If a living wage is higher than you can afford, there will be fewer jobs; because of that, there will be fewer stores.
It’s the employee’s responsibility to know whether they can live on what you’re willing to pay.
You have the right to pay whatever you want. No one is disputing that.
Here’s the thing many seem to ignore – you aren’t giving someone more money to still do the same job.
Paying the wrong person more money isn’t the issue.
Because you pay a guy $2 an hour more than the lowest hourly federal wage, you will have a higher expectation when you are hiring your employees and higher expectations of their abilities.
An added bonus of giving higher wages to your employees is that customers – especially Millennials - are buying based on your company's values; they care about where products are made, whether you are environmentally responsible, and especially about how you treat your employees.
And if you raise your wages or already offer higher wages like Container Store, Costco and many other retailers, make sure your local press knows. Stories like that make shopping local much more impactful to potential customers.
When major retailers tout paying higher wages, they effectively remove the better employees from the pool you have to draw on.
You’ll either step up to the bar and do what they are doing - by moving promotional dollars from marketing to payroll, or you’ll settle for less. And that means less all the way around, from customer engagement, from profitable sales, and from repeat business.
Instead of coming up with all the reasons why you can’t, why not come up with all the reasons you can pay a higher wage or offer a fair commission/bonus program that delivers if they deliver.
See the possiblities.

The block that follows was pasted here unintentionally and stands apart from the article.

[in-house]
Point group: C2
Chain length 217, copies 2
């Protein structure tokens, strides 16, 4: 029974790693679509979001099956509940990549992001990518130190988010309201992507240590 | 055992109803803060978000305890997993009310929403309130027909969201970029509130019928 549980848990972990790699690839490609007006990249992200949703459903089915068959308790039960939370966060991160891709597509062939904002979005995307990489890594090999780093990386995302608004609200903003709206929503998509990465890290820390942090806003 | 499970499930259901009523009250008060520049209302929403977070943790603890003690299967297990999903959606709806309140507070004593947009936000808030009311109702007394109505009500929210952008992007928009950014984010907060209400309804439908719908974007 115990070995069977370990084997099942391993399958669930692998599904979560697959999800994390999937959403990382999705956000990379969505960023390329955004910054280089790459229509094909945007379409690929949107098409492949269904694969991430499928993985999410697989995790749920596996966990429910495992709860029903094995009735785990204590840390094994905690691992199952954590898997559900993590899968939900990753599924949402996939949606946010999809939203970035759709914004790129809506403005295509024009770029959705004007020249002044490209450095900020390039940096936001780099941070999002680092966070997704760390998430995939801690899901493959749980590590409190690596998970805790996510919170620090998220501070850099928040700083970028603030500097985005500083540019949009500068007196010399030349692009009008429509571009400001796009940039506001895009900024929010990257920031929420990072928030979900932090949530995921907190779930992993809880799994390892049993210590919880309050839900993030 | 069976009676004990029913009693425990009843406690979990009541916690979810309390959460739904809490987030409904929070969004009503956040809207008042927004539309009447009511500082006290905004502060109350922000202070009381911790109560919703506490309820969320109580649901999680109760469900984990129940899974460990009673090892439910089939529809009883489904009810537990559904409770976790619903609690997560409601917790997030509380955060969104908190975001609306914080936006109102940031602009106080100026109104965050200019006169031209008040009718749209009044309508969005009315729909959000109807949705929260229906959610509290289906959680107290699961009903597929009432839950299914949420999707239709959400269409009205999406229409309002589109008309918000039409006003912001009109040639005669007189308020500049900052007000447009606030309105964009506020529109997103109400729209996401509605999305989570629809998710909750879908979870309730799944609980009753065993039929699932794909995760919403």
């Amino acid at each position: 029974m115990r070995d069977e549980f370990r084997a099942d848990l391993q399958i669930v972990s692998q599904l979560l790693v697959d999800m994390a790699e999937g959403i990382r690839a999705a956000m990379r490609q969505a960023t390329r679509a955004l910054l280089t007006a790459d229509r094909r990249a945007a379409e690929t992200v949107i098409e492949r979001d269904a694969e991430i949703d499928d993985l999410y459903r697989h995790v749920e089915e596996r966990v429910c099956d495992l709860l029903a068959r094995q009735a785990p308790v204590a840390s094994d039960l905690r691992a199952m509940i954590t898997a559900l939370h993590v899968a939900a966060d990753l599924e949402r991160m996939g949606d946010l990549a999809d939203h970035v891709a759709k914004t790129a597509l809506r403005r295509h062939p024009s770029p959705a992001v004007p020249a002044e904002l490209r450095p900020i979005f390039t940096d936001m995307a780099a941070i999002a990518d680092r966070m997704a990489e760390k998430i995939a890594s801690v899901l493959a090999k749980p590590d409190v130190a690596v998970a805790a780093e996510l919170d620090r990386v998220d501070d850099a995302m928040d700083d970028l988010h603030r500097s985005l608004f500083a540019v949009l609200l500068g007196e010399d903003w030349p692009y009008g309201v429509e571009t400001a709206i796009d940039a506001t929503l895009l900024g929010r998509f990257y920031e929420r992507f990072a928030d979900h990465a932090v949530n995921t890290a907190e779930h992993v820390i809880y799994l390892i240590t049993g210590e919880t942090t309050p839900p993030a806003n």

Oh, a small caveat here. A higher wage means bupkis if you don’t also invest in training your employees once you get them, but you’ve probably read my thoughts, here, here, and here on retail sales training.
This isn’t radical thinking.
Better money, plus better training equals a better workplace which gets you higher sales.
And if you live in a large city, your municipality may force you to examine this issue as San Francisco is discussing raising its minimum per hour pay to $15, Los Angeles is looking at upping wages $15 for hotel workers, Chicago is considering $15-an-hour wage, and Oakland is considering $12.25. This came to the forefront last month when Seattle voted to raise the lowest hourly rate to $15.
Can you pay a higher minimum wage to your retail employees? Yes. Maybe not right away, and maybe not at the level the bigger businesses can, but you can raise your minimum wage. You’ll have to adjust your margins upwards, limit your expenses, and cut down on discounts to be able to do this. And yes, you’ll have to raise your prices.
But what choice do you really have here? Don’t raise your prices, keep paying the minimum and settle for warm bodies and high turnover that cripple your ability to compete.
Only by raising your lowest hourly wages will you be able to compete and attract better employees.
Look, I know wage increases are never popular with small businesses. And I expect some of you to comment about how off I am.